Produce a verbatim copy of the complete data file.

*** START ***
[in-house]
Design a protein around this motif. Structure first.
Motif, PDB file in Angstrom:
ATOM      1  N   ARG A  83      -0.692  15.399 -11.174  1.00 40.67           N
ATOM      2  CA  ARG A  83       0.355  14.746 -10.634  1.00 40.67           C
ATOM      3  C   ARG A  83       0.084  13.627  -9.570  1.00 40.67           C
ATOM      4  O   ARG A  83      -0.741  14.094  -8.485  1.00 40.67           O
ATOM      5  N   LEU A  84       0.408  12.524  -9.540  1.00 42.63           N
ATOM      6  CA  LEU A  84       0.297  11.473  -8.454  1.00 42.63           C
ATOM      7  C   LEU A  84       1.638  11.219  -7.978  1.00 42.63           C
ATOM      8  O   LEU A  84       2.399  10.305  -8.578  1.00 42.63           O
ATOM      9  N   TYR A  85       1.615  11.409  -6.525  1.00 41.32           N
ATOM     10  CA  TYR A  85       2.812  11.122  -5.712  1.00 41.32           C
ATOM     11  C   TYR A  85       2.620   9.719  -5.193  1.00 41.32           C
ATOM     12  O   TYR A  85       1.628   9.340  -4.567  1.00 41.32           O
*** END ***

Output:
[in-house]
Design a protein around this motif. Structure first.
Motif, PDB file in Angstrom:
ATOM      1  N   ARG A  83      -0.692  15.399 -11.174  1.00 40.67           N
ATOM      2  CA  ARG A  83       0.355  14.746 -10.634  1.00 40.67           C
ATOM      3  C   ARG A  83       0.084  13.627  -9.570  1.00 40.67           C
ATOM      4  O   ARG A  83      -0.741  14.094  -8.485  1.00 40.67           O
ATOM      5  N   LEU A  84       0.408  12.524  -9.540  1.00 42.63           N
ATOM      6  CA  LEU A  84       0.297  11.473  -8.454  1.00 42.63           C
ATOM      7  C   LEU A  84       1.638  11.219  -7.978  1.00 42.63           C
ATOM      8  O   LEU A  84       2.399  10.305  -8.578  1.00 42.63           O
ATOM      9  N   TYR A  85       1.615  11.409  -6.525  1.00 41.32           N
ATOM     10  CA  TYR A  85       2.812  11.122  -5.712  1.00 41.32           C
ATOM     11  C   TYR A  85       2.620   9.719  -5.193  1.00 41.32           C
ATOM     12  O   TYR A  85       1.628   9.340  -4.567  1.00 41.32           O